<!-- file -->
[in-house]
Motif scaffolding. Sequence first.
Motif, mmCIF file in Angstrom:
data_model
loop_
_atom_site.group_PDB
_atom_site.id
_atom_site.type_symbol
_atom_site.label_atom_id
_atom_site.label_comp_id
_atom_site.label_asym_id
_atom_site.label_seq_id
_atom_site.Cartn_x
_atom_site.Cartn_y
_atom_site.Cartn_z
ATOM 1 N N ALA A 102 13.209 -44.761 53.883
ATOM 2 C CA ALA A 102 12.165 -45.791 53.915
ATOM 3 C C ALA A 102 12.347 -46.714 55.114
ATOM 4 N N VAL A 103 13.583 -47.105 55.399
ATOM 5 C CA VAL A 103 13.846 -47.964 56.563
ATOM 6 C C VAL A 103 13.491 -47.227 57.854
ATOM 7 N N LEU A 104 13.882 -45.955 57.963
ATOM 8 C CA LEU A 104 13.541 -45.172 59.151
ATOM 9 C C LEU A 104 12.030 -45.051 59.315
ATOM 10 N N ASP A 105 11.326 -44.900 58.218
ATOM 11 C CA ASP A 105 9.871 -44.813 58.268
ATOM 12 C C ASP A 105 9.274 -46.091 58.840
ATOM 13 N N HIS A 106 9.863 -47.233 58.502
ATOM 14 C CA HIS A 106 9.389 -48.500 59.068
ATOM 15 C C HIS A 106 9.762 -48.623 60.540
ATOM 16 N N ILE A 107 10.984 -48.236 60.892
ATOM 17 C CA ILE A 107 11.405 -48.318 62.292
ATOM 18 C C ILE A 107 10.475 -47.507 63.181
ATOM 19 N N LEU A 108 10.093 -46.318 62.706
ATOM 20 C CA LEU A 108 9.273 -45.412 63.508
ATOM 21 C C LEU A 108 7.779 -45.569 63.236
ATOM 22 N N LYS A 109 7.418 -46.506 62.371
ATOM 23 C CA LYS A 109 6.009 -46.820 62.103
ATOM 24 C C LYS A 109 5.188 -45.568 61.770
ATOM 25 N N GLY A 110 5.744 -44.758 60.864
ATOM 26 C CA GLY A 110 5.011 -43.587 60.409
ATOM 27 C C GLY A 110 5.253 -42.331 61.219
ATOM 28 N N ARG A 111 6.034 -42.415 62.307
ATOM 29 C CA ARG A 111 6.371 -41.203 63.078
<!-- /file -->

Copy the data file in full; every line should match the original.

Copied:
[in-house]
Motif scaffolding. Sequence first.
Motif, mmCIF file in Angstrom:
data_model
loop_
_atom_site.group_PDB
_atom_site.id
_atom_site.type_symbol
_atom_site.label_atom_id
_atom_site.label_comp_id
_atom_site.label_asym_id
_atom_site.label_seq_id
_atom_site.Cartn_x
_atom_site.Cartn_y
_atom_site.Cartn_z
ATOM 1 N N ALA A 102 13.209 -44.761 53.883
ATOM 2 C CA ALA A 102 12.165 -45.791 53.915
ATOM 3 C C ALA A 102 12.347 -46.714 55.114
ATOM 4 N N VAL A 103 13.583 -47.105 55.399
ATOM 5 C CA VAL A 103 13.846 -47.964 56.563
ATOM 6 C C VAL A 103 13.491 -47.227 57.854
ATOM 7 N N LEU A 104 13.882 -45.955 57.963
ATOM 8 C CA LEU A 104 13.541 -45.172 59.151
ATOM 9 C C LEU A 104 12.030 -45.051 59.315
ATOM 10 N N ASP A 105 11.326 -44.900 58.218
ATOM 11 C CA ASP A 105 9.871 -44.813 58.268
ATOM 12 C C ASP A 105 9.274 -46.091 58.840
ATOM 13 N N HIS A 106 9.863 -47.233 58.502
ATOM 14 C CA HIS A 106 9.389 -48.500 59.068
ATOM 15 C C HIS A 106 9.762 -48.623 60.540
ATOM 16 N N ILE A 107 10.984 -48.236 60.892
ATOM 17 C CA ILE A 107 11.405 -48.318 62.292
ATOM 18 C C ILE A 107 10.475 -47.507 63.181
ATOM 19 N N LEU A 108 10.093 -46.318 62.706
ATOM 20 C CA LEU A 108 9.273 -45.412 63.508
ATOM 21 C C LEU A 108 7.779 -45.569 63.236
ATOM 22 N N LYS A 109 7.418 -46.506 62.371
ATOM 23 C CA LYS A 109 6.009 -46.820 62.103
ATOM 24 C C LYS A 109 5.188 -45.568 61.770
ATOM 25 N N GLY A 110 5.744 -44.758 60.864
ATOM 26 C CA GLY A 110 5.011 -43.587 60.409
ATOM 27 C C GLY A 110 5.253 -42.331 61.219
ATOM 28 N N ARG A 111 6.034 -42.415 62.307
ATOM 29 C CA ARG A 111 6.371 -41.203 63.078